Vinny nearly takes Foley’s crew out on farewell spin
Retiring bus driver’s Skylark trip with his pals ends with an unexpected bump
THE coastal tour to Howth Head and back had been arranged at short notice. It explained the dozen or so middle-aged men assembled in the forecourt of Clontarf Bus Garage at seven o’clock on Sunday evening.
From his perch by the canteen window, where he had just finished a fine cuppa doused with Fig Rolls, a smiling Vinny Fitzpatrick could see the gathering of regulars from Foley’s hostelry below. His passengers had arrived for a special one-hour excursion.
For Vinny, the trip would be poignant, a chance to provide a service to those lads who’d put up with his work grumbles for more years than he cared to remember.
They were all there: Fran, Macker, Brennie, Kojak, Charlie Vernon, Two-Mile Boris, Spider, even Dial-A-Smile, who’d bunked off on his break from Foley’s to be part of Vinny’s last hurrah before everyone headed for a more predictable send-off in their favoured hostelry.
While the corpulent driver still had two weeks to work out his notice, having successfully applied for redundancy, this Sunday jaunt was his first, and only, chance at giving the lads a free spin on the buses.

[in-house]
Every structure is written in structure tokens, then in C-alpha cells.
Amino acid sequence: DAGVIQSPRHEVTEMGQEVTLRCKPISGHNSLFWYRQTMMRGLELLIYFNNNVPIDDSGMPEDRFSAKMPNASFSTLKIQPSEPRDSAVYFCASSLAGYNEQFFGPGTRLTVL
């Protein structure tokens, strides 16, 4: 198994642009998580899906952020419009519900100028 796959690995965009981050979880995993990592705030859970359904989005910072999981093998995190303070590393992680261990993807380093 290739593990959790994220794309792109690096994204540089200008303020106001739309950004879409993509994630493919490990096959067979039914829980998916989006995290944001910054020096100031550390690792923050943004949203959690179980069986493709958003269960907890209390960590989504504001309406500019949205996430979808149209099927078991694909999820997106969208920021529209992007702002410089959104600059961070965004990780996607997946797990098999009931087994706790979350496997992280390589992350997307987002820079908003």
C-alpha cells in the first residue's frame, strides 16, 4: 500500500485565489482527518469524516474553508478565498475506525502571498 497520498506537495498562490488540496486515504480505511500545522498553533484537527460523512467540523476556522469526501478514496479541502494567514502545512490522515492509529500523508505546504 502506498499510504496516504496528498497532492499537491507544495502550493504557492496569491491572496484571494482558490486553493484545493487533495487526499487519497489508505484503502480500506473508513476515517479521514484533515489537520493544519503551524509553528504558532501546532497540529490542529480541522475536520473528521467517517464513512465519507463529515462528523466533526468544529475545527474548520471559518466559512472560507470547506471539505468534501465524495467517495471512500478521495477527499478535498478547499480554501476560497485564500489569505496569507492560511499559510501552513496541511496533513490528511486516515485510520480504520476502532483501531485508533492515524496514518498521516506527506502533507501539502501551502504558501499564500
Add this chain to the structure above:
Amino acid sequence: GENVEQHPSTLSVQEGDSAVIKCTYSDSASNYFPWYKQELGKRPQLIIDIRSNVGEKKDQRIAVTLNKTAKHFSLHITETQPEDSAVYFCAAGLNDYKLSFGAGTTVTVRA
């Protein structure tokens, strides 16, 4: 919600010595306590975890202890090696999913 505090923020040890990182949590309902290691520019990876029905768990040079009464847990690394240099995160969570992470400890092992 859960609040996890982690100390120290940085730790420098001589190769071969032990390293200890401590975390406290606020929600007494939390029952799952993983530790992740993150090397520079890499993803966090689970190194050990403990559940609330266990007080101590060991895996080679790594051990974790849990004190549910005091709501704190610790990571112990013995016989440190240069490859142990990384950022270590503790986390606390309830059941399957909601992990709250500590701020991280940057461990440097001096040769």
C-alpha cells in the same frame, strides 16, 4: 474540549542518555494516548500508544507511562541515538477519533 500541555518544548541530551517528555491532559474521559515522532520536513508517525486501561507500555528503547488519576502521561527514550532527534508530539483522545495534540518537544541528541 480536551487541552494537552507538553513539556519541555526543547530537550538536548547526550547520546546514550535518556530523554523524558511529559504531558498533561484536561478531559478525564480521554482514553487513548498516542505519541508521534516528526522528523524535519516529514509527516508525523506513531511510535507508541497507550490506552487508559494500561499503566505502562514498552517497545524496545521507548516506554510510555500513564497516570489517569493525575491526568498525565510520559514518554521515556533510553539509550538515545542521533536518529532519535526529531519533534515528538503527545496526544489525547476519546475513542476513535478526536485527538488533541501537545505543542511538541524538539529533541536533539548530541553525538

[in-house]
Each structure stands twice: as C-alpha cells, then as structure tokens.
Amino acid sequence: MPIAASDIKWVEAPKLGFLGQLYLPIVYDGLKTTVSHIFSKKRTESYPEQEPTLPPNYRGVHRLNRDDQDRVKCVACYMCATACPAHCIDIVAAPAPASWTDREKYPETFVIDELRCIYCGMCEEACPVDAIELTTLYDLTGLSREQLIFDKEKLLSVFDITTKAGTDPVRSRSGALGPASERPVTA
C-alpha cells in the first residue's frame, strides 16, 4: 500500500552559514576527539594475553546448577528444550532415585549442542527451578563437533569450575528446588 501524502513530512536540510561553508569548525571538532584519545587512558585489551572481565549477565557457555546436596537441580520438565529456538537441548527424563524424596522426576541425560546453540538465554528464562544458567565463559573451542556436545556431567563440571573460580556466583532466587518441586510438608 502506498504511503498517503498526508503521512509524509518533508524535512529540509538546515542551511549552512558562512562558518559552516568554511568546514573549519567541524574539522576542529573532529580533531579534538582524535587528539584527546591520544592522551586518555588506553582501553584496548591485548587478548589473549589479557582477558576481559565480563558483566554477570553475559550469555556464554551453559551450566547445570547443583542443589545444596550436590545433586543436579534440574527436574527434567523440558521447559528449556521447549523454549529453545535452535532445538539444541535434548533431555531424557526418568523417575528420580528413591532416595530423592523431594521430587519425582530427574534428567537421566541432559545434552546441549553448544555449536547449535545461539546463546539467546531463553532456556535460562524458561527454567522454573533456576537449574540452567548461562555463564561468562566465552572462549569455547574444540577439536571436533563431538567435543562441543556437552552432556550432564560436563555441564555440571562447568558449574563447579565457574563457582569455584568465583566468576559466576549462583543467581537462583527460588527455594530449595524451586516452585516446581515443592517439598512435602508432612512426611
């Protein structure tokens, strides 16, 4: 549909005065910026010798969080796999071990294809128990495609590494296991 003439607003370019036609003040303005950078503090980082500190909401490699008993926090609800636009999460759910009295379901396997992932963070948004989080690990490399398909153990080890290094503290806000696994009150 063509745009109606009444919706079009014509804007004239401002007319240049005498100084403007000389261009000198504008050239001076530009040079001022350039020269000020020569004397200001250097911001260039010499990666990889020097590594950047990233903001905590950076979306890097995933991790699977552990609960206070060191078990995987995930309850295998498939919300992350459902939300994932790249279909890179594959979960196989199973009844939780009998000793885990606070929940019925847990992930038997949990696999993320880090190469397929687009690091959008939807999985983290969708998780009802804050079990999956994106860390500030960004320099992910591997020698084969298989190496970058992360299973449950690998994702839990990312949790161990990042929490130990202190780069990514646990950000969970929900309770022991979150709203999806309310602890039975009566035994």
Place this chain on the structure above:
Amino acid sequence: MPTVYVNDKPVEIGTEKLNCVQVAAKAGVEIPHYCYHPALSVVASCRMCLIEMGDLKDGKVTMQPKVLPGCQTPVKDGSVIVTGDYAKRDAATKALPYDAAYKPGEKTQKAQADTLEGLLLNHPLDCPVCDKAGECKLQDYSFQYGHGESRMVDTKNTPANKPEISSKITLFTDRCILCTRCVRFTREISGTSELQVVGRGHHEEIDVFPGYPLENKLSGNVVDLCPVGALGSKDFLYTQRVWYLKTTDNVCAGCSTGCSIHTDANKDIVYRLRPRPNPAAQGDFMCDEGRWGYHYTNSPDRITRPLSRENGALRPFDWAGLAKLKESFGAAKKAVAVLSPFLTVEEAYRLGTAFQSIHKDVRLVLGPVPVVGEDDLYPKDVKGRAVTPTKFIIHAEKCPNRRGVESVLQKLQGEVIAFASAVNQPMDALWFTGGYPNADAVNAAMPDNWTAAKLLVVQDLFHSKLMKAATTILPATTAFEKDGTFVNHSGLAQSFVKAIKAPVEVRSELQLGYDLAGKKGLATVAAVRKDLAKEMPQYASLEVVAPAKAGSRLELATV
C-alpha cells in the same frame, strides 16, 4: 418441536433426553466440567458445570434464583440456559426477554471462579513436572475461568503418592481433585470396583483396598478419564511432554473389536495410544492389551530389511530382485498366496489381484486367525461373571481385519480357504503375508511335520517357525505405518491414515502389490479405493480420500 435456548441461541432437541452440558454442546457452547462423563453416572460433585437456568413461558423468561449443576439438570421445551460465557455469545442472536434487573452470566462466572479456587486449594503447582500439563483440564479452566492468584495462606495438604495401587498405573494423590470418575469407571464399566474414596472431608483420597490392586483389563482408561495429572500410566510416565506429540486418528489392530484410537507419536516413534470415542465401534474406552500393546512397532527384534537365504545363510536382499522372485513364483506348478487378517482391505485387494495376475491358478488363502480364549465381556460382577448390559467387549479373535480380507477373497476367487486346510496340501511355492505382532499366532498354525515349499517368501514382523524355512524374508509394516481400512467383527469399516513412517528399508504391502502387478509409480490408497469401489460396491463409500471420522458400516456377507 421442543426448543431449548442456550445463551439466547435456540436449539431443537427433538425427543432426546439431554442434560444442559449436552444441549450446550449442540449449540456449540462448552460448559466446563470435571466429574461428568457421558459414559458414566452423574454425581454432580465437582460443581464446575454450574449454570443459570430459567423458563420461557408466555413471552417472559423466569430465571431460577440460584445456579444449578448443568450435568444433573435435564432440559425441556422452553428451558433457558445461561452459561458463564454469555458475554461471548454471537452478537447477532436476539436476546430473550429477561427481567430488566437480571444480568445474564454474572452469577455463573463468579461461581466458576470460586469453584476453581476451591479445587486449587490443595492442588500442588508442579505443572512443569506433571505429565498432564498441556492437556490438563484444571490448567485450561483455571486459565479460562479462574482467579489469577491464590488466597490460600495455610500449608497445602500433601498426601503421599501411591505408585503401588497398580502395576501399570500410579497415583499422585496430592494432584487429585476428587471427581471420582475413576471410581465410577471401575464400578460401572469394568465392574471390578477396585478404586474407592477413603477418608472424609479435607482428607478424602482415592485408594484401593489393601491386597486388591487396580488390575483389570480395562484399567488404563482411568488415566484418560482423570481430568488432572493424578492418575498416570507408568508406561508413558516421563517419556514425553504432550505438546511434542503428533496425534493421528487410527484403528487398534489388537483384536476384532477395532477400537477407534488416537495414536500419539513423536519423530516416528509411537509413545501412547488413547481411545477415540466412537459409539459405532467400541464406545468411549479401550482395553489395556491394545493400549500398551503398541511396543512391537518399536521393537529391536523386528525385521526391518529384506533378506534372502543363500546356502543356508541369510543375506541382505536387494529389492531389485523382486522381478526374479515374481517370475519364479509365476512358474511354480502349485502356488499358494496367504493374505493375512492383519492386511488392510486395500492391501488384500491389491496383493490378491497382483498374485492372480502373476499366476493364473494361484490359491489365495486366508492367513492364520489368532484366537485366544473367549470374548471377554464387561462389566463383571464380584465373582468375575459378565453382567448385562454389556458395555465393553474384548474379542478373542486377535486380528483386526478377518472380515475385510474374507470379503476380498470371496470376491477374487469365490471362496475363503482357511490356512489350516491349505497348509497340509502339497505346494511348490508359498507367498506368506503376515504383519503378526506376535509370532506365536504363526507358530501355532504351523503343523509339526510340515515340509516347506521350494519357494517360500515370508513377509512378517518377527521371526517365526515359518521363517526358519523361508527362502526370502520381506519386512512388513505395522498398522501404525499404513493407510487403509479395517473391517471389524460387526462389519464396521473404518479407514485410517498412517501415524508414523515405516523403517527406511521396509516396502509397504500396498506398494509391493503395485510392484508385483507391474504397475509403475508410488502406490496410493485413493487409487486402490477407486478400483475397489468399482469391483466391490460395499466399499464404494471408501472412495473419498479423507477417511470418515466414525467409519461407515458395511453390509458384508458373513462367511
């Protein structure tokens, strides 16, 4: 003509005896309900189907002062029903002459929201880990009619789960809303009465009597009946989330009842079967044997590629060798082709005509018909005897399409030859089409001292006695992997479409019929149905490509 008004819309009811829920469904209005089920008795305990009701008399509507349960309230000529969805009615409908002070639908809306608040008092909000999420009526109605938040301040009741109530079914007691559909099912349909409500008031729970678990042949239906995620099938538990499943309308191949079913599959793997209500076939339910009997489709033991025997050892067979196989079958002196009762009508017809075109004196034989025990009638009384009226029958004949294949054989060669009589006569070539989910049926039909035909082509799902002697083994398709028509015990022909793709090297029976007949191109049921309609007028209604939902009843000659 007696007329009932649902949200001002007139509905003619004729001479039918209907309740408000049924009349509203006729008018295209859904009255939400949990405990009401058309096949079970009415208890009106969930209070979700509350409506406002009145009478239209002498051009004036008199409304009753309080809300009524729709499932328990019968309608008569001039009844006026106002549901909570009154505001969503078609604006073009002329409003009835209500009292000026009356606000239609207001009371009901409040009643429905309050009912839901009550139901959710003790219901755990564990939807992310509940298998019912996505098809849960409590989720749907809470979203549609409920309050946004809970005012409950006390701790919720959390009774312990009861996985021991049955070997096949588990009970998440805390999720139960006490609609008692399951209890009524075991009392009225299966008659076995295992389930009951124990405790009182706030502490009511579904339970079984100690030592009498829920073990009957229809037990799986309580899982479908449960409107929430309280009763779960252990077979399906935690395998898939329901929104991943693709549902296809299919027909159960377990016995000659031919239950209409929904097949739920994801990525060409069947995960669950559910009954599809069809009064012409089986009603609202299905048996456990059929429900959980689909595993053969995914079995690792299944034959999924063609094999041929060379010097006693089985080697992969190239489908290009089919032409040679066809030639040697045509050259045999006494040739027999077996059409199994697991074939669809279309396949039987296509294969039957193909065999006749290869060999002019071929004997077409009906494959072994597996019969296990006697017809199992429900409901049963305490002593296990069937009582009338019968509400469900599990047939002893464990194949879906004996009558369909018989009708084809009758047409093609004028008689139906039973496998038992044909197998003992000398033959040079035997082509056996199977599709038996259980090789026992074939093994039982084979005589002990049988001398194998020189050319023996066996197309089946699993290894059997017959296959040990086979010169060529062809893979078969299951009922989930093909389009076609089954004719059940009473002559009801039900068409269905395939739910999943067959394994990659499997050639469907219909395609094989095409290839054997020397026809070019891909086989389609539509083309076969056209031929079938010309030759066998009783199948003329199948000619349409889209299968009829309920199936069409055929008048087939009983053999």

He’d asked Socket Twomey, the garage chief, for dispensation to borrow a steed for an hour, citing his 34 years of unstinting, incident-free, service. At first, Socket had stalled the ball but Vinny had been persistent.
“Look, I’m doing you a favour by calling it a day. In return, do me a turn and give us an hour on the road with me mates. Sunday evening is always quiet and I’ll be back on time, as usual,” he pleaded.
While Socket was a stickler for protocol, he had relented. “On the following conditions: no drinking, no smoking and no messing on the bus. You leave here at seven and you’re back at eight, all in one piece. Is that clear?”
Vinny’s shift had ended a couple of hours earlier, allowing him to pop home and cheer one of sport’s good guys, Phil Mickelson, to Open glory. He felt no one deserved to the title of “Champion Golfer” more than ‘Mr Colgate’ himself.